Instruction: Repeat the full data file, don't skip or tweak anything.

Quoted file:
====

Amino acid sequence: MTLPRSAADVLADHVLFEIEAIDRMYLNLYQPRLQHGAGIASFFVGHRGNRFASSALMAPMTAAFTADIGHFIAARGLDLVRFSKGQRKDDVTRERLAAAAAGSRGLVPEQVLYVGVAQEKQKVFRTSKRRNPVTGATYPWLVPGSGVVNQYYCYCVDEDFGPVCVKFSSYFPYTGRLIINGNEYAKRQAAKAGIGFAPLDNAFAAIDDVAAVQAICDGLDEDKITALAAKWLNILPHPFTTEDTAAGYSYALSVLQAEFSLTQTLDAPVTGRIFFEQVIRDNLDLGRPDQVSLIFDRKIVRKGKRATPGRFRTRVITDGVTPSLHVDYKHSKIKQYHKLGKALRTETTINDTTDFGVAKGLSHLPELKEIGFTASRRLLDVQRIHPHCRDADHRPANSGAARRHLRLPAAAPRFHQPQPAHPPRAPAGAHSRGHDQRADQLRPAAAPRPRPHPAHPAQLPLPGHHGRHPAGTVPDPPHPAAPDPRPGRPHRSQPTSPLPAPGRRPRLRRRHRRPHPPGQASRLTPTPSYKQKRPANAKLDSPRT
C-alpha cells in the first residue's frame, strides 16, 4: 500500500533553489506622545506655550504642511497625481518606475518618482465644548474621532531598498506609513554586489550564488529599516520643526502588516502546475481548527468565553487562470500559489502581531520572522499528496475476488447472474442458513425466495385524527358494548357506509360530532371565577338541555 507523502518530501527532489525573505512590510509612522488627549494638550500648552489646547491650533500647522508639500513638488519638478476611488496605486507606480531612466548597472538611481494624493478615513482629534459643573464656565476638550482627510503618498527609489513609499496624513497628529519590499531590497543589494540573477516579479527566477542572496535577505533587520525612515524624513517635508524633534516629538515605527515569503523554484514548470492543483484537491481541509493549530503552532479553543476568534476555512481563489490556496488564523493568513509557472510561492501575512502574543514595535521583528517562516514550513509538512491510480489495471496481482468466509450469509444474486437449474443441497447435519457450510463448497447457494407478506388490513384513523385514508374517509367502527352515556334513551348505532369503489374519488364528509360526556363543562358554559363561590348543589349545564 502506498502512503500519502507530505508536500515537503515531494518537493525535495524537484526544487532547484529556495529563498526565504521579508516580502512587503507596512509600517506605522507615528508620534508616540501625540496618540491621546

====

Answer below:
Amino acid sequence: MTLPRSAADVLADHVLFEIEAIDRMYLNLYQPRLQHGAGIASFFVGHRGNRFASSALMAPMTAAFTADIGHFIAARGLDLVRFSKGQRKDDVTRERLAAAAAGSRGLVPEQVLYVGVAQEKQKVFRTSKRRNPVTGATYPWLVPGSGVVNQYYCYCVDEDFGPVCVKFSSYFPYTGRLIINGNEYAKRQAAKAGIGFAPLDNAFAAIDDVAAVQAICDGLDEDKITALAAKWLNILPHPFTTEDTAAGYSYALSVLQAEFSLTQTLDAPVTGRIFFEQVIRDNLDLGRPDQVSLIFDRKIVRKGKRATPGRFRTRVITDGVTPSLHVDYKHSKIKQYHKLGKALRTETTINDTTDFGVAKGLSHLPELKEIGFTASRRLLDVQRIHPHCRDADHRPANSGAARRHLRLPAAAPRFHQPQPAHPPRAPAGAHSRGHDQRADQLRPAAAPRPRPHPAHPAQLPLPGHHGRHPAGTVPDPPHPAAPDPRPGRPHRSQPTSPLPAPGRRPRLRRRHRRPHPPGQASRLTPTPSYKQKRPANAKLDSPRT
C-alpha cells in the first residue's frame, strides 16, 4: 500500500533553489506622545506655550504642511497625481518606475518618482465644548474621532531598498506609513554586489550564488529599516520643526502588516502546475481548527468565553487562470500559489502581531520572522499528496475476488447472474442458513425466495385524527358494548357506509360530532371565577338541555 507523502518530501527532489525573505512590510509612522488627549494638550500648552489646547491650533500647522508639500513638488519638478476611488496605486507606480531612466548597472538611481494624493478615513482629534459643573464656565476638550482627510503618498527609489513609499496624513497628529519590499531590497543589494540573477516579479527566477542572496535577505533587520525612515524624513517635508524633534516629538515605527515569503523554484514548470492543483484537491481541509493549530503552532479553543476568534476555512481563489490556496488564523493568513509557472510561492501575512502574543514595535521583528517562516514550513509538512491510480489495471496481482468466509450469509444474486437449474443441497447435519457450510463448497447457494407478506388490513384513523385514508374517509367502527352515556334513551348505532369503489374519488364528509360526556363543562358554559363561590348543589349545564 502506498502512503500519502507530505508536500515537503515531494518537493525535495524537484526544487532547484529556495529563498526565504521579508516580502512587503507596512509600517506605522507615528508620534508616540501625540496618540491621546